Wrongful Death

A wrongful death is any death caused by another person or entity that is without any legal basis. It is the taking of a life by the intentional act of another person or by his or her negligent conduct.

A wrongful death claim is one grounded in tort law and is subject to, or governed by, the statutes of the state where the death occurred. The states vary widely in how wrongful death actions are brought including who may bring such actions and what damages may be awarded and to whom.

Most wrongful death actions are the result of the negligent conduct of another person, such as in an auto accident. Death claims can also be brought if it was caused by a defective product or by medical errors such as anesthesia accidents. In these cases, different standards regarding evidence and the various elements pertaining to the requisite proof will apply.

There are many practice areas that can include wrongful death actions. These include auto accidents, drug cases, toxic tort actions, medical malpractice, product liability, workplace accidents, and others. Here are three common types of wrongful death claims:

Auto Accidents

In these cases, the principles of negligence law generally govern. A driver has a duty to exercise reasonable care in operating a motor vehicle. The driver’s failure to exercise the care ordinarily expected of a reasonable person under similar circumstances, such as driving too fast for road conditions, constitutes a breach of that duty. If the breach led to the death of a person, then a claim may be made.

Product Liability

Designers and manufacturers of products are held to certain standards. A defective product that causes a death may result in an actionable claim under strict liability, meaning that the plaintiff does not have to prove negligence and need only prove damages. If the product was defectively designed, expert testimony is needed to demonstrate that a safer product could have been designed and that the technology was available. Examples include defective baby booster seats, exploding gas tanks, exploding tires, or a failure to provide adequate safeguards.

Medical Malpractice

Physicians are held to the standard of a reasonably competent medical professional in the same area of practice. Their deviation from that standard can render them liable in a wrongful death action. Nurses are also held to a professional standard. A claim can also be brought against the medical facility or hospital where the death or injury that led to the death occurred if they hired the staff whose negligent conduct or practices led to the fatality.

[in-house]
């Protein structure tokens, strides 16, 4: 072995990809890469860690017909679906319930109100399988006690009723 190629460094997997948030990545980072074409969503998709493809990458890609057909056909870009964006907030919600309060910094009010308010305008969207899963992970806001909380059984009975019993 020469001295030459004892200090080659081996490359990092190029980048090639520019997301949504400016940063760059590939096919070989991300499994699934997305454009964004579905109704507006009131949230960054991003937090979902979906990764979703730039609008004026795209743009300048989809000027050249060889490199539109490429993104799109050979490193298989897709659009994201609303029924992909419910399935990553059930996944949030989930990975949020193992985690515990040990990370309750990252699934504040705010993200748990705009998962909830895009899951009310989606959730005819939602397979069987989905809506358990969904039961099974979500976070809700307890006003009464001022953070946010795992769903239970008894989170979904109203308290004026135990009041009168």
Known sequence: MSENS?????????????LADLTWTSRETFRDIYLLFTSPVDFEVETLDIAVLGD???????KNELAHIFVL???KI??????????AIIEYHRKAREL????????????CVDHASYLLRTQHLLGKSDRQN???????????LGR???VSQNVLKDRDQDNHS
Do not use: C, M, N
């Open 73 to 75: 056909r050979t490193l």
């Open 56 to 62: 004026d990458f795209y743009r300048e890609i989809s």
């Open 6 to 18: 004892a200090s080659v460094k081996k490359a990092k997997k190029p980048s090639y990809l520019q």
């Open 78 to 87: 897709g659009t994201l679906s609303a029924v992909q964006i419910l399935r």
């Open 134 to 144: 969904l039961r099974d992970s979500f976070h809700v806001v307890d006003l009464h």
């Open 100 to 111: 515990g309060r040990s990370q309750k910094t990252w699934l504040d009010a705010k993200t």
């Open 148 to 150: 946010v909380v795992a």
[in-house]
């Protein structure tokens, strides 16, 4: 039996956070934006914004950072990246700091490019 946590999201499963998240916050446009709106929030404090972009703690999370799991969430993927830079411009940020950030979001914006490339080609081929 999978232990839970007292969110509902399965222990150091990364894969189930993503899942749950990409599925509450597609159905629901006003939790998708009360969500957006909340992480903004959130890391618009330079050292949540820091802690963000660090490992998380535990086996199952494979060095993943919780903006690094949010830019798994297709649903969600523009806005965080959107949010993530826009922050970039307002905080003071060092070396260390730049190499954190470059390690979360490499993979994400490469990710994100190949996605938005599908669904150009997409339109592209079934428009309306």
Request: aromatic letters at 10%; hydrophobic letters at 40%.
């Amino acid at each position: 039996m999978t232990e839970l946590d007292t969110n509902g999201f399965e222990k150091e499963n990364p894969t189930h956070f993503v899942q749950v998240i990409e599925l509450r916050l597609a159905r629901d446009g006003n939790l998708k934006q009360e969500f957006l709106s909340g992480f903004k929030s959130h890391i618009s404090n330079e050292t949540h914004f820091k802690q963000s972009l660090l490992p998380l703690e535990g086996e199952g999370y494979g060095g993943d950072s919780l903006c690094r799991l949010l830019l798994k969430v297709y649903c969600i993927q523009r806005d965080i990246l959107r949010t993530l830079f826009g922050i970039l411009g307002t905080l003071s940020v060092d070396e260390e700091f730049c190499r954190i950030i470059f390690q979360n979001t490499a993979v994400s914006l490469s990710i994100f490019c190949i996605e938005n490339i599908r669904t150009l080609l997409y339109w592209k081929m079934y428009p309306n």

Anesthesia Accidents

These type of accidents include failure to provide sufficient oxygen to a patient, incorrect intubations or lack of patient monitoring leading to hypoventilation. If negligent conduct occurred that led to a fatality, then these cases are defined as medical malpractice claims.

Anesthesia accidents can also occur from faulty equipment or an ill-trained staff. The medical staff may not have properly accounted for a patient’s allergies or interactions with certain drugs, or may have introduced the medication into a patient’s system too quickly or administered too much, leading to an overdose.

Anesthesia is administered with drugs intravenously or topically. Patients are either under general anesthesia, deep sedation, moderate sedation, or minimal sedation.

Errors that occur can lead to death as well as brain damage, paralysis, cardiac arrest, organ damage, coma or skin disorders.

If the equipment that delivered the anesthesia or monitored the patient proves to be faulty, the company that manufactured the product can also be held accountable under product liability law.


Damages in wrongful death cases are governed by the statutes of each state.

Compensatory damages can be awarded, which include the following:

  • Medical expenses
  • Funeral and burial expenses
  • Lost earnings--These are determined usually by an economist who looks at the life expectancy of the individual, his or her work life expectancy, any benefits that were being accrued, and outside sources of income. For a nonworking spouse, the expert can determine the value of his or her child care and housekeeping duties. The decedent’s health can be a factor in these calculations.
  • Loss of consortium or loss of love, affection or companionship--The character of the decedent and the relationship between the deceased and plaintiff are explored in this area of damages.

Steps to Take

If a loved one has died as a result of medical malpractice, auto accident, or some other incident in which you suspect there was negligent conduct that led to the fatality, you should immediately contact a wrongful death attorney. These cases are often difficult with complex sets of facts that only an experienced wrongful death attorney can handle.

Contact the Law Offices of Stephen S. Weinstein, P.C.
for your free personal consultation today.

Motor Vehicle Accidents
Premises Liability
Product Liability
Medical Malpractice